Pier Vittorio Aureli is currently working on a study on the representation of the city through architectural form, from Bramante to Koolhaas. Aureli coordinates the second year research program at the Berlage and teaches a Diploma HTS course at the AA entitled 'Towards the Archipelago', which considers a radical cognitive alternative to the present way of thinking the urban world.
Former Director of the Warburg Institute and Professor of the History of the Classical Tradition at the University of London, author of numerous books and articles including The Story of Art and Art and Illusion, Ernst Gombrich was arguably the most important art historian of the second half of the 20th century. In this lecture he discusses representations of space in western art.
NB: Occasional sound distortions
Lecture date: 2008-11-05
Peter Cook vehemently believes that there is a CULTURE OF ARCHITECTURE ITSELF that is neglected by academies since many teachers of architecture dont have much taste for buildings. This HOK-sponsored series of lectures are intended to redress the balance.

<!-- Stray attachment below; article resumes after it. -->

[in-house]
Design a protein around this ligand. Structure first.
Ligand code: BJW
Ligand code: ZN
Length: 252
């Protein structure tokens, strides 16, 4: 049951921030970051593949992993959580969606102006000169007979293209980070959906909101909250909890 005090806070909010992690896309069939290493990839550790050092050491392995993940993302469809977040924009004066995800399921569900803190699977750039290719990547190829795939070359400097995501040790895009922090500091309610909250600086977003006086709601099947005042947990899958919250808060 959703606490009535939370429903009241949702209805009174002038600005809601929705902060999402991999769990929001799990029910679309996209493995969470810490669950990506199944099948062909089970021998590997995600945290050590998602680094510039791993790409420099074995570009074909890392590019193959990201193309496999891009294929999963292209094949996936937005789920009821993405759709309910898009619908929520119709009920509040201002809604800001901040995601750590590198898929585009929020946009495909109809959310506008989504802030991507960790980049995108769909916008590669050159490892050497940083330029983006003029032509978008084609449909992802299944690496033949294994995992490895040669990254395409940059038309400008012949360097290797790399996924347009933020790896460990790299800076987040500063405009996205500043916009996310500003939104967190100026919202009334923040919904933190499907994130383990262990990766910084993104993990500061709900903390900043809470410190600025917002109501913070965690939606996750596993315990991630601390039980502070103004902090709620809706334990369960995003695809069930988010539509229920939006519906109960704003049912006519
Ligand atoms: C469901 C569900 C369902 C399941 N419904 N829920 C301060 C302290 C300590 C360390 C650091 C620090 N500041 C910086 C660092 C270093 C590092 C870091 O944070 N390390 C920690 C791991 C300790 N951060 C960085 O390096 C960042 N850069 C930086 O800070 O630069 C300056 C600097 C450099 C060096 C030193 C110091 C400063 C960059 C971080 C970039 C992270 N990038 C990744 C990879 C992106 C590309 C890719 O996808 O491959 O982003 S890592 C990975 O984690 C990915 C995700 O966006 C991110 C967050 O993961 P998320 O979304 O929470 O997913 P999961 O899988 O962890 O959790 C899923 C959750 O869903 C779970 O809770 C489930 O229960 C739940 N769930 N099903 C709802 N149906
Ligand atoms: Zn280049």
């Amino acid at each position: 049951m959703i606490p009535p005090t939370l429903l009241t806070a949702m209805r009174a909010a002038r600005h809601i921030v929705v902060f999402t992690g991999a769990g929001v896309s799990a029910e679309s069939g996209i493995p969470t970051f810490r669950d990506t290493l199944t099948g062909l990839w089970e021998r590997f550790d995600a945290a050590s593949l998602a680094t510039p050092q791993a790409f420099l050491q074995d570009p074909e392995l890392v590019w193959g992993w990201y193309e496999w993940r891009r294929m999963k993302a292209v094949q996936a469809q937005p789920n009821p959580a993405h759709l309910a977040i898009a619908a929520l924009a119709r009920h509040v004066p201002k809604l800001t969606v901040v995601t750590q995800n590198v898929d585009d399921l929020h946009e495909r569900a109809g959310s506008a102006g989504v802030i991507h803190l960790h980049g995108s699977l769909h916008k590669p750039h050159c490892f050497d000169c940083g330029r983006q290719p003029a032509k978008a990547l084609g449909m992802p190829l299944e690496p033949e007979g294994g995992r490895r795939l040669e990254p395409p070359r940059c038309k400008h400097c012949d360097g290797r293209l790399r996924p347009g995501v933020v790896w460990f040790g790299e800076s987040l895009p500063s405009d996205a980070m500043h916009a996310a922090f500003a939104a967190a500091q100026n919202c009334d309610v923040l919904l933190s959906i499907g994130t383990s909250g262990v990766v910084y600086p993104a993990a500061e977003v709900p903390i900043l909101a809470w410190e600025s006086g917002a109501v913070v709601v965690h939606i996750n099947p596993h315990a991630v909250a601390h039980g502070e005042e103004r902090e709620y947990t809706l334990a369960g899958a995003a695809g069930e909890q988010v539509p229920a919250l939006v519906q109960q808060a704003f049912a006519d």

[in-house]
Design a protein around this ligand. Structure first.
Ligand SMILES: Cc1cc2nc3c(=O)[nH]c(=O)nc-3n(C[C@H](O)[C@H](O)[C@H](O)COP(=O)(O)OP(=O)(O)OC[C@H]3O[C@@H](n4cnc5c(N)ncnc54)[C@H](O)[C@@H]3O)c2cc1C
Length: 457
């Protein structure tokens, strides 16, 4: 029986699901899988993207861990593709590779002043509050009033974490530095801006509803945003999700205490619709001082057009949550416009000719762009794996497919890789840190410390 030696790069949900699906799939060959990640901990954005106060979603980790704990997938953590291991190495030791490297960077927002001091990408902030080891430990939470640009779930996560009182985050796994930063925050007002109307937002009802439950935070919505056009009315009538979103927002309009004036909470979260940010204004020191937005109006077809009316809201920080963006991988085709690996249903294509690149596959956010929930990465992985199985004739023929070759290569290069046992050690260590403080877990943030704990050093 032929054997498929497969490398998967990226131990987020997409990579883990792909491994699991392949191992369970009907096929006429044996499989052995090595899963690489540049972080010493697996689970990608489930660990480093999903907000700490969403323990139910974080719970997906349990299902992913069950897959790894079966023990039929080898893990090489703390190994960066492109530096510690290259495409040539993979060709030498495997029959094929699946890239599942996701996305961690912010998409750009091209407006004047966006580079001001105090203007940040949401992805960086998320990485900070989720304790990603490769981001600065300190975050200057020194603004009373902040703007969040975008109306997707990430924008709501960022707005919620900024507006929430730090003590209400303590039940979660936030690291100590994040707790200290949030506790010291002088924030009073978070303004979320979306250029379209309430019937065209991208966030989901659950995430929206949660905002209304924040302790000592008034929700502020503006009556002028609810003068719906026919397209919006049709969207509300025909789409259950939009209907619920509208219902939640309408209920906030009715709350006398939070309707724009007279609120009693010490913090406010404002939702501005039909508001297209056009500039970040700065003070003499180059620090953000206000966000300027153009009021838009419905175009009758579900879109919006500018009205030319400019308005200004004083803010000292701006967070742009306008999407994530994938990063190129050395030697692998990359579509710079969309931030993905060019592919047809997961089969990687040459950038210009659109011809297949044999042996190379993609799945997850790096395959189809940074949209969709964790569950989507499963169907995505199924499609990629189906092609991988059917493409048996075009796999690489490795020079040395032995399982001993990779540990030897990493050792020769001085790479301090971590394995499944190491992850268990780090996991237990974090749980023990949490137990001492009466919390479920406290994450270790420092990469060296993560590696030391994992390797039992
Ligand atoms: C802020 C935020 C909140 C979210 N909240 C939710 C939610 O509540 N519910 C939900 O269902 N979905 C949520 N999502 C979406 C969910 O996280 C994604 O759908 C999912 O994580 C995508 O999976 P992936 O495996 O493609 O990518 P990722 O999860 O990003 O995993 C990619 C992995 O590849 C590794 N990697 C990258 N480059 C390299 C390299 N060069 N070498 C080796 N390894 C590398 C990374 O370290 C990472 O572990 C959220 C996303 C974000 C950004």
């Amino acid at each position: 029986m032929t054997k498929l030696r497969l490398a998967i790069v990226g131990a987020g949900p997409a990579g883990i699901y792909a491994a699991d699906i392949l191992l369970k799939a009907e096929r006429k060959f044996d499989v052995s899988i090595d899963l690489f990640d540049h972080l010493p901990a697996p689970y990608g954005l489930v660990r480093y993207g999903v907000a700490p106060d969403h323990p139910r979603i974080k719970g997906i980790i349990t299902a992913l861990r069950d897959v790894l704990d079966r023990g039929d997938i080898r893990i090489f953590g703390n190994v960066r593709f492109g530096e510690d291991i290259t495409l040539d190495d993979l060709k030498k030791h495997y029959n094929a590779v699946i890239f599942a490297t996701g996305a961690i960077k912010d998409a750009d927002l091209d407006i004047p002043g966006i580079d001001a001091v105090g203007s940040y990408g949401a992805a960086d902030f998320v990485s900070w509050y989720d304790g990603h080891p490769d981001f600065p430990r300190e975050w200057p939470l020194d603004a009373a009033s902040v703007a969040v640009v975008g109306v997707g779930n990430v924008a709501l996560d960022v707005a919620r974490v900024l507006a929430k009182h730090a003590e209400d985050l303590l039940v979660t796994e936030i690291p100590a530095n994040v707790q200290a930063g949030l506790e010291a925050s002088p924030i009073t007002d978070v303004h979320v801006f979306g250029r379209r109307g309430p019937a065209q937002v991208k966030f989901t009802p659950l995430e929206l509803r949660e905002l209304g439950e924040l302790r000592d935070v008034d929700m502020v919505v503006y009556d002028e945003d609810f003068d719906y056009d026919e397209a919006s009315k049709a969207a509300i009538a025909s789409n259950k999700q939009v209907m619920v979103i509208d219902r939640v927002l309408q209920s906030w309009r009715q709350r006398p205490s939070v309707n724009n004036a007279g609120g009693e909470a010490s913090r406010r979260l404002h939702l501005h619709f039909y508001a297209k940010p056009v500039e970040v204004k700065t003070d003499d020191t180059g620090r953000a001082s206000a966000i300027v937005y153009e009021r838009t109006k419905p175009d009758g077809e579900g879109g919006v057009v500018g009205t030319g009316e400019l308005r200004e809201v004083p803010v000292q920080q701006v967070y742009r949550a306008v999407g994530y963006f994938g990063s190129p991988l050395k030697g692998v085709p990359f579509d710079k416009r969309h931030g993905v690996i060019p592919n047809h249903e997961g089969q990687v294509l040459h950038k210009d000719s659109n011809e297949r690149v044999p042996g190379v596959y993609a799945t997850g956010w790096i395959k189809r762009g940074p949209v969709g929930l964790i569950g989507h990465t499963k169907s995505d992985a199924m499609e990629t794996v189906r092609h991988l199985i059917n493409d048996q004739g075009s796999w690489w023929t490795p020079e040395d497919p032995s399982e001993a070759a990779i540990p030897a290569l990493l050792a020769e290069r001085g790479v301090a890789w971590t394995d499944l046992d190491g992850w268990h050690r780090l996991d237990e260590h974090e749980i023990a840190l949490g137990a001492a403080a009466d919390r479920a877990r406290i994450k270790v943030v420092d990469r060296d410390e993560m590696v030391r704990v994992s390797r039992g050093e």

Peter Cook is joint Professor of Architecture of the Royal Academy of Arts and was Chairman of the Bartlett School UCL from 1990 to 2005. He taught at the AA from 1964 to 1989 and was Chair of Architecture at the Staedelschule Frankfurt from 1983 to 1990. He was a founder of Archigram and together with Colin Fournier designed the Kunsthaus in Graz. He was awarded both the Royal Gold Medal of the RIBA (as member of Archigram) and the RIBA Annie Spink Medal for teaching in 2002. He is currently building in Spain and Italy with his studio: CRAB.